Social Interactions and Brain Cell Connections
Brain cells rewire depending on social experiences.
Posted June 7, 2012
Humans are social beings, and it shouldn’t be surprising that there are specific groups of nerve cells in the brain that are directly influenced by social experiences. One important mechanism mediating these interactions is neuroplasticity, which involves the brain’s ability to modify connections between various groups of brain cells. In essence, the brain can rewire itself and adjust the degree to which certain regions communicate with each other. Neurogenesis, i.e., the ability of certain brain regions to generate new neurons, is another important mechanism involved in some forms of neuroplasticity. The pattern of connections that form between new brain cells and older cells is a powerful way that the brain can change in response to social and environmental experiences, and some evidence indicates that the new brain cells exert important regulatory actions over stress responses. The process of neuroplasticity is critical to all aspects of brain function, including those involving cognition, memory, emotions, and motivation.
“Social neuroscience” is a rapidly growing area of brain research that focuses on deciphering the mechanisms underlying interactions between interpersonal behavior and brain activity. Recently, the journal Nature Neuroscience published a series of review articles pertaining to social neuroscience. Some of the information described in this post is based on one of these review articles: “Social influences on neuroplasticity: stress and interventions to promote well-being” by Richard Davidson and Bruce McEwen.
During the process of development, there are specific time periods (so-called “critical periods”) when exposure to certain stimuli is needed in order for normal brain function to develop. For example, if a child has a “lazy eye” and it isn’t discovered early in life, the unaffected eye becomes dominant and the “lazy” eye may not develop the ability to see adequately. If the condition is discovered early, then patching the good eye allows the “lazy” eye to develop better vision.The ability to correct this visual defect becomes more difficult with age as the time window closes on the critical period for visual development. In terms of social and emotional development in humans, the nature and timing of such “critical periods” hasn’t been clearly defined. However, there is evidence that interventions in very young children may be more effective in minimizing the long-term symptoms of certain disorders such as autism than intervening when a person is older. Determining the nature of critical periods that are relevant to specific forms of social and emotional development is an important area of current and future research.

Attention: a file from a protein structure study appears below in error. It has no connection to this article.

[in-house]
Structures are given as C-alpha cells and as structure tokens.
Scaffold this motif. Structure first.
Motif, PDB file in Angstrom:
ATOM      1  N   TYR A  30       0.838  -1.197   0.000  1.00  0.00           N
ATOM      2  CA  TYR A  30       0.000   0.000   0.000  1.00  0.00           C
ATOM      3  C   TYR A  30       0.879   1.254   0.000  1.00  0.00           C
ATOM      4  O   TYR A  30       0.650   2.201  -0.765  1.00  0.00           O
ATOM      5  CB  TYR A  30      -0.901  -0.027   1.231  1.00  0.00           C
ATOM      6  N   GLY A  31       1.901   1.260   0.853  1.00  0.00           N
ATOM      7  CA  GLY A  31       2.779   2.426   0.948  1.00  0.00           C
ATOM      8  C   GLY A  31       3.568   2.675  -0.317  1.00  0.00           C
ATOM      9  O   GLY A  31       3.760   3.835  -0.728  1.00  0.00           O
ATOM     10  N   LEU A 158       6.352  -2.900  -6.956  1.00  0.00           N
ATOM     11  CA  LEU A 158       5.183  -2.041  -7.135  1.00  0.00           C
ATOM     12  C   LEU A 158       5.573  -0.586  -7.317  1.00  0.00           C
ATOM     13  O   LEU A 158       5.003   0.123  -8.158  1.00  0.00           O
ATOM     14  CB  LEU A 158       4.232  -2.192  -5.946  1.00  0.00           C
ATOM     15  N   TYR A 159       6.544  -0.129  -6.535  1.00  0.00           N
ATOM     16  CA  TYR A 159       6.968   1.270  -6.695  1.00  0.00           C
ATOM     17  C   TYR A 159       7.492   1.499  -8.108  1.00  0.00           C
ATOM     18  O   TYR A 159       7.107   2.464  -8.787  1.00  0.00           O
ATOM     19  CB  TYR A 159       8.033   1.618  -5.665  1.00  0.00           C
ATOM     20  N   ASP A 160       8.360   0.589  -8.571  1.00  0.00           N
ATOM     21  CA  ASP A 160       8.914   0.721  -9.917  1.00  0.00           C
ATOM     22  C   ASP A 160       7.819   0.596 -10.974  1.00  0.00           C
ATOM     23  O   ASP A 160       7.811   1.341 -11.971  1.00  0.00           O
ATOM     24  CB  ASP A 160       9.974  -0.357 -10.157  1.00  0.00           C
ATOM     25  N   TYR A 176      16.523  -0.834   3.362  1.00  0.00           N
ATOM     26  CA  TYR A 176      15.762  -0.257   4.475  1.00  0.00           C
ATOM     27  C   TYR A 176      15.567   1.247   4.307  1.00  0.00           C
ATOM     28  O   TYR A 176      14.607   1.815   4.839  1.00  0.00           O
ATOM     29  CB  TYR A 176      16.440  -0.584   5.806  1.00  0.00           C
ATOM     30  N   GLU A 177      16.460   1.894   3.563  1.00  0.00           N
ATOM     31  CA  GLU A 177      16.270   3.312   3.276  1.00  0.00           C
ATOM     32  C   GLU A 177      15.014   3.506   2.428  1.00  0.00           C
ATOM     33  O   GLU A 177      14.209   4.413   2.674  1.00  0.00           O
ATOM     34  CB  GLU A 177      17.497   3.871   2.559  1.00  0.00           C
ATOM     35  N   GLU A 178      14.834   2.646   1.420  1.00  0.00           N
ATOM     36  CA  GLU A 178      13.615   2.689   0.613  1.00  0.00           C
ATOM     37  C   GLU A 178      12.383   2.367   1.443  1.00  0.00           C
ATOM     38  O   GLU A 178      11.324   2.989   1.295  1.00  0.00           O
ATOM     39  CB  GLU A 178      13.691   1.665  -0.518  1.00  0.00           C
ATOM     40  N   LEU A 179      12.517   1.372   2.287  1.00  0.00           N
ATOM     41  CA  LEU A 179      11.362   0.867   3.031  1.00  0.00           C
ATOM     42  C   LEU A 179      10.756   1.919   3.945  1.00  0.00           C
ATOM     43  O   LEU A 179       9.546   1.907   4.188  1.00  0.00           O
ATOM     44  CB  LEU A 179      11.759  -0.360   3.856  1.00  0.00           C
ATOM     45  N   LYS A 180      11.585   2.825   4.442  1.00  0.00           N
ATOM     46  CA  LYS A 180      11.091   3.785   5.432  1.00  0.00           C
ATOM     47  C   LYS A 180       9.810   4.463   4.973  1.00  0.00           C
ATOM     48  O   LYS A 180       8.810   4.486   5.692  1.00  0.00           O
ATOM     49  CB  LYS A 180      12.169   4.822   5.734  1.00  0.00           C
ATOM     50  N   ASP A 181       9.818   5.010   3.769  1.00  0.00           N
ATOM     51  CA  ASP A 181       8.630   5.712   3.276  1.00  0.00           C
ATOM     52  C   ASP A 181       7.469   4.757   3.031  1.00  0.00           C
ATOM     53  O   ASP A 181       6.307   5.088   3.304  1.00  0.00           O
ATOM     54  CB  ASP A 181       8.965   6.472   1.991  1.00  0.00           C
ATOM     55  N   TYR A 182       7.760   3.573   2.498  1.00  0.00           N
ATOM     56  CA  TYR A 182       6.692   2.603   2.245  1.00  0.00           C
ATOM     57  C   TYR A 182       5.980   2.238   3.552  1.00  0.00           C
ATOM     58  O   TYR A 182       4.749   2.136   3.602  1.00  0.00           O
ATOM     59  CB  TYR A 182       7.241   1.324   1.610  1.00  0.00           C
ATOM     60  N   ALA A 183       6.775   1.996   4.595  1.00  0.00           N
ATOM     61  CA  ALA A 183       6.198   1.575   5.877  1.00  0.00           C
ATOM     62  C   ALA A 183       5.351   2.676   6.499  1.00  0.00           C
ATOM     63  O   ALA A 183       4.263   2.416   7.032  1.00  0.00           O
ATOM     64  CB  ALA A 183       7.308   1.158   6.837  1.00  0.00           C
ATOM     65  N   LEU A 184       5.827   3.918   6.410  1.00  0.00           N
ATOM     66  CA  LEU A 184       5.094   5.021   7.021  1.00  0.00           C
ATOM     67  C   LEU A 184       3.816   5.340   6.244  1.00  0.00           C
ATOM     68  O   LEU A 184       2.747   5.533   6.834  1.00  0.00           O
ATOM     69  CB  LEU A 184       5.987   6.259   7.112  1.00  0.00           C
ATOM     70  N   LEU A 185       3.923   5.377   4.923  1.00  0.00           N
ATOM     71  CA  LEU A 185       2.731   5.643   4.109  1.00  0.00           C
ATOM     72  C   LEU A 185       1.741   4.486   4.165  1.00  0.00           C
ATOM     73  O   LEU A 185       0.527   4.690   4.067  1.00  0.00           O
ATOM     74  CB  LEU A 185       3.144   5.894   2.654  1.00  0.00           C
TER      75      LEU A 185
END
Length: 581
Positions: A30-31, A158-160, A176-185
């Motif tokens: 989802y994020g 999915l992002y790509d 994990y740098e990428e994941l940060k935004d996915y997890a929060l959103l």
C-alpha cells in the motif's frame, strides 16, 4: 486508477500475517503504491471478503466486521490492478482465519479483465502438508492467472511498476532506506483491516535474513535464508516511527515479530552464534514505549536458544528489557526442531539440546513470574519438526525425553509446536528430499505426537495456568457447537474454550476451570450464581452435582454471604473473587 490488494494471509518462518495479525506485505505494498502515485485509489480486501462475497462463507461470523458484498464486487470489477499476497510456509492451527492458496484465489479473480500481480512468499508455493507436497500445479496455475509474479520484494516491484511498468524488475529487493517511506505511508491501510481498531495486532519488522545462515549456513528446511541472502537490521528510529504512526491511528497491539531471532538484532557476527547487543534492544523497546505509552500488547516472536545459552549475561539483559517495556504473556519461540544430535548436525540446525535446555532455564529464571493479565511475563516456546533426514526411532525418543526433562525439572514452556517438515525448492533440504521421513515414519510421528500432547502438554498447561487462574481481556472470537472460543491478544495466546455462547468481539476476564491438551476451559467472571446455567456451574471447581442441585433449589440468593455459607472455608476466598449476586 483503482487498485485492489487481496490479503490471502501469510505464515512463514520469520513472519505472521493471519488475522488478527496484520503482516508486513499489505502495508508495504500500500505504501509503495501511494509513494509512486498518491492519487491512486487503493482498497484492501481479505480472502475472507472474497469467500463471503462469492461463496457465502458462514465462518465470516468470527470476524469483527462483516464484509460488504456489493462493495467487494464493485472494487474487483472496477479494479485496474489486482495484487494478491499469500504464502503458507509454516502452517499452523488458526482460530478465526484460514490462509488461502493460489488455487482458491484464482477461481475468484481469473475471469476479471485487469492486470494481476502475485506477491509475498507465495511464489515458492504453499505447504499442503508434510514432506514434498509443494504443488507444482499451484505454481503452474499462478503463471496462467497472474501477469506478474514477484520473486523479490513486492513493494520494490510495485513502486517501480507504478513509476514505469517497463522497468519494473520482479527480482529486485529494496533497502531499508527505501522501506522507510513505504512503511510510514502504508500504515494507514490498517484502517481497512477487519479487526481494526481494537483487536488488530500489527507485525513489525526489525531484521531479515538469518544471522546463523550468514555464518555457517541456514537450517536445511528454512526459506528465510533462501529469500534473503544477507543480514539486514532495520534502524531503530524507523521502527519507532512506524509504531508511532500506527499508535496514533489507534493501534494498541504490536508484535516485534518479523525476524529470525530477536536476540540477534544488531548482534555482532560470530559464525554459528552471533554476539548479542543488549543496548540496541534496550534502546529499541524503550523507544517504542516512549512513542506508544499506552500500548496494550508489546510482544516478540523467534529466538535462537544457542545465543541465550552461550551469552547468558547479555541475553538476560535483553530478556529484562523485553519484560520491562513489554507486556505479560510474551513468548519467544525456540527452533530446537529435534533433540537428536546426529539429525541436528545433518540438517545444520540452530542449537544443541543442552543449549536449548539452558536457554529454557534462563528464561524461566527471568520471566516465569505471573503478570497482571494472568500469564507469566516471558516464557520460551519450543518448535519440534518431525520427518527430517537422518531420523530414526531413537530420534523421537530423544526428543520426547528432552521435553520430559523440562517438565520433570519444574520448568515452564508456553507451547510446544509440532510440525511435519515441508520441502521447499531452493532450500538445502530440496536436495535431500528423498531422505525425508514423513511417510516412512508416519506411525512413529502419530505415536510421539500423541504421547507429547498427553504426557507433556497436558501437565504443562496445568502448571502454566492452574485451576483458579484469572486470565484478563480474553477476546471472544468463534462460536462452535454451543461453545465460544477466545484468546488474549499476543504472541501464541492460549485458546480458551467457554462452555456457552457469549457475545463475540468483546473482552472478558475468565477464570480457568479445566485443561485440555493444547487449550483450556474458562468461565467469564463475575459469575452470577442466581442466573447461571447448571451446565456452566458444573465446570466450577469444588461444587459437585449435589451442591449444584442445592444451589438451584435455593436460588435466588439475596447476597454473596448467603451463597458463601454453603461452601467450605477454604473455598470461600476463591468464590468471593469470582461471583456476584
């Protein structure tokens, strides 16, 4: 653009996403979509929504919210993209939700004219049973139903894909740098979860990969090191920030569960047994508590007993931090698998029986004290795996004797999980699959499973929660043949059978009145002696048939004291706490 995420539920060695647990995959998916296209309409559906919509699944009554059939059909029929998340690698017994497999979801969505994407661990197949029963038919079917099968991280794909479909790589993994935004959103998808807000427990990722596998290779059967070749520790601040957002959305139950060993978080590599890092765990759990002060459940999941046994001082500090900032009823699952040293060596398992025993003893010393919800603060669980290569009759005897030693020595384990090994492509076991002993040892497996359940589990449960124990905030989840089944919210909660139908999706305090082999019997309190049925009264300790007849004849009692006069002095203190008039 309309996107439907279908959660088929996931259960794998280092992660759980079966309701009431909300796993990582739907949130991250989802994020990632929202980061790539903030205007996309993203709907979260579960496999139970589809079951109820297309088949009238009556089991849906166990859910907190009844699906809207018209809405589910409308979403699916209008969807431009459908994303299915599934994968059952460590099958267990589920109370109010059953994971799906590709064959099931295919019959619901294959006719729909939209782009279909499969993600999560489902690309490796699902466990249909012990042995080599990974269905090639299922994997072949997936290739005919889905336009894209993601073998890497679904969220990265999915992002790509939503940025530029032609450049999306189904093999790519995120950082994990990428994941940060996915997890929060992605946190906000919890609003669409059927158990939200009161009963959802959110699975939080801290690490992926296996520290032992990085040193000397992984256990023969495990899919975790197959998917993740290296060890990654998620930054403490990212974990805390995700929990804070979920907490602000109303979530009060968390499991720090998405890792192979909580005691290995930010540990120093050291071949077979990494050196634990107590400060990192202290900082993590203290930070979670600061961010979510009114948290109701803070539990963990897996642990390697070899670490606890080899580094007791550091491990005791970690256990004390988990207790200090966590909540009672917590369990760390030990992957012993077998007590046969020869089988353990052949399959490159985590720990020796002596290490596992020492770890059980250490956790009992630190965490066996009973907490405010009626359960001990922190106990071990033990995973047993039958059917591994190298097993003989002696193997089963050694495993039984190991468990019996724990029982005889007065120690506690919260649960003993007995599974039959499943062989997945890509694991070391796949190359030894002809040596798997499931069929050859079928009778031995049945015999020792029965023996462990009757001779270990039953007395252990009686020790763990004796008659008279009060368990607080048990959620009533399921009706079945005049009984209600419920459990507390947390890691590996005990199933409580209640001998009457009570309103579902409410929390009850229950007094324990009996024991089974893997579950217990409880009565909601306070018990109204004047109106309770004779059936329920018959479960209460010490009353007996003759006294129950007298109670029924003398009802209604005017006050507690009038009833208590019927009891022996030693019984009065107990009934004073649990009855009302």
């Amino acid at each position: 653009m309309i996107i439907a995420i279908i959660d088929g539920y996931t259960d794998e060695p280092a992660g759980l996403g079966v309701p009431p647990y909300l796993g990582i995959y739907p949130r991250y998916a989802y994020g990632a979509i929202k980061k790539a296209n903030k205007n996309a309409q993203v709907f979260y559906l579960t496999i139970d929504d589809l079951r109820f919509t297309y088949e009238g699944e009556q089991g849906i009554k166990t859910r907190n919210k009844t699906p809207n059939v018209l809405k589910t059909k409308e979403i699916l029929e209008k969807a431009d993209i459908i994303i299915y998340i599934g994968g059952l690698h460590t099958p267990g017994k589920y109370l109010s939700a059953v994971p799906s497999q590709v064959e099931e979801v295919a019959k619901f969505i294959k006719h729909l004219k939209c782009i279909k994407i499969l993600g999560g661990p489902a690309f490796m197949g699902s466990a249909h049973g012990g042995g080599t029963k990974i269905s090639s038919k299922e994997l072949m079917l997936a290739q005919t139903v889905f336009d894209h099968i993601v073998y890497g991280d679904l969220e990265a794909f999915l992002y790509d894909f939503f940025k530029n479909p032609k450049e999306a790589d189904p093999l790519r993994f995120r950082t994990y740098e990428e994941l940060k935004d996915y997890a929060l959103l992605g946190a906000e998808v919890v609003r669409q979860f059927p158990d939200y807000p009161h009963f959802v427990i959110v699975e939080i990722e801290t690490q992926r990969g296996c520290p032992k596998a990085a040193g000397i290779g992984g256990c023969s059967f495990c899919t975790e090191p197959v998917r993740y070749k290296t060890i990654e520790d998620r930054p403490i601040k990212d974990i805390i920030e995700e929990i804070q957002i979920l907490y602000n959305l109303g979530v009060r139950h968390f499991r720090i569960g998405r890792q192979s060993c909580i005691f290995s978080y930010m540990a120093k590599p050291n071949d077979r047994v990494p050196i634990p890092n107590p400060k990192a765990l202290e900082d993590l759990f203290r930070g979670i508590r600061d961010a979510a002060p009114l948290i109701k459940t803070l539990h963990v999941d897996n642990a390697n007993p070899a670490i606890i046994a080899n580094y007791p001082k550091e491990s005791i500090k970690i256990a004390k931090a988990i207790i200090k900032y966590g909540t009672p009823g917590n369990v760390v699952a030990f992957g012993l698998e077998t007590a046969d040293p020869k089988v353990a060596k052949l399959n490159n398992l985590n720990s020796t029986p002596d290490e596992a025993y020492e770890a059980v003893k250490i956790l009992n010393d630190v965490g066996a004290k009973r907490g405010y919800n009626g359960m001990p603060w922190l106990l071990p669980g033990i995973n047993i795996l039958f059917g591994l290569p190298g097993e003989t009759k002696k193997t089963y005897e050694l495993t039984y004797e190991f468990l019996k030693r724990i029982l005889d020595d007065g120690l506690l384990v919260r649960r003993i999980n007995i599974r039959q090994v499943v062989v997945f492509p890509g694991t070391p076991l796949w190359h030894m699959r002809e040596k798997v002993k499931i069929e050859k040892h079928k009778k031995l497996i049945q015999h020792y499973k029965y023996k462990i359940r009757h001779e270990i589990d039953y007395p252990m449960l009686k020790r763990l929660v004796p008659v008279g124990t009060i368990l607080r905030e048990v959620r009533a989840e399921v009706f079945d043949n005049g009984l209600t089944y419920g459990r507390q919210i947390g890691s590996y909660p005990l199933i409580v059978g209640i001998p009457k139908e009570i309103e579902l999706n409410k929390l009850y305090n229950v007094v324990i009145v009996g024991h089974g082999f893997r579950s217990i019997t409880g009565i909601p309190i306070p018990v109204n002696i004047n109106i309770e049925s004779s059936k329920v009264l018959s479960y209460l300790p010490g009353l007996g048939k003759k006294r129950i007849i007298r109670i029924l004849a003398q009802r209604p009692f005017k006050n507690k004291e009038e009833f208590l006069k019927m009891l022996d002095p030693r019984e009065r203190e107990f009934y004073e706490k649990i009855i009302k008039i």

Early childhood experiences can strongly influence a person’s long-term ability to interact with other people. Being exposed to highly stressful adverse events early in life can negatively impact how we handle stress and interact with others later in life. Genes play an important role in this adaptation, and some people inherit the ability to tolerate adverse circumstances better than others. Genes and environment are constantly interacting and shaping the brain’s ability to adjust. Interestingly, there is some evidence from research with squirrel monkeys that occasional mild stress in young animals has beneficial effects, increasing exploratory behaviors and independence as they mature.
Evidence from other animal studies indicates that chronic significant stressors can decrease the connections in brain regions involved in memory and higher order information processing, such as the hippocampus and prefrontal cortex. However, the same chronic stressors actually increase connectivity between cells in areas of brain involved in emotion, such as the amygdala and orbitofrontal cortex. Some of these regions also change their overall size in response to chronic stressors.
Importantly, certain positive interventions can help re-establish normal connections among these various brain regions following exposure to stress. Physical activity, environmental enrichment, and decreasing stress levels can all lead to a reversal of stress-induced changes in brain connections. Once again, exercise proves to be beneficial to our mental health. Voluntary exercise is also an interesting example of a form of controlled stress that can result in positive effects on both body and brain function.
Certain psychotherapies, for example, cognitive behavior therapy, can help people with illnesses such as depression or anxiety disorders. These therapies likely influence brain connections through learning and enhanced attentional processing. Anti-depressant medications also have been shown to reverse stress-induced connectivity changes in the hippocampus.
There are also certain medications that more directly influence the brain’s ability to undergo neuroplasticity, and it is likely that new drugs will be developed that have specific effects on neuroplastic mechanisms. It is possible that therapies will be developed that specifically utilize neuroplasticity-altering medication during behavioral or psychotherapeutic sessions. Administering these medications concurrent with the therapy might enhance the effectiveness of the therapy in producing behavioral improvement. This is an area where much more research is needed, but early results with the drug D-cycloserine are encouraging.
Being able to modify neuroplastic changes in the brain and reverse abnormal patterns of connections has the potential to dramatically influence the ability to effectively treat persons with a variety of psychiatric illnesses. Such approaches may also be applicable to helping people whose brain wiring has been altered by addiction to various drugs.
This column was co-written by Eugene Rubin MD, PhD and Charles Zorumski MD.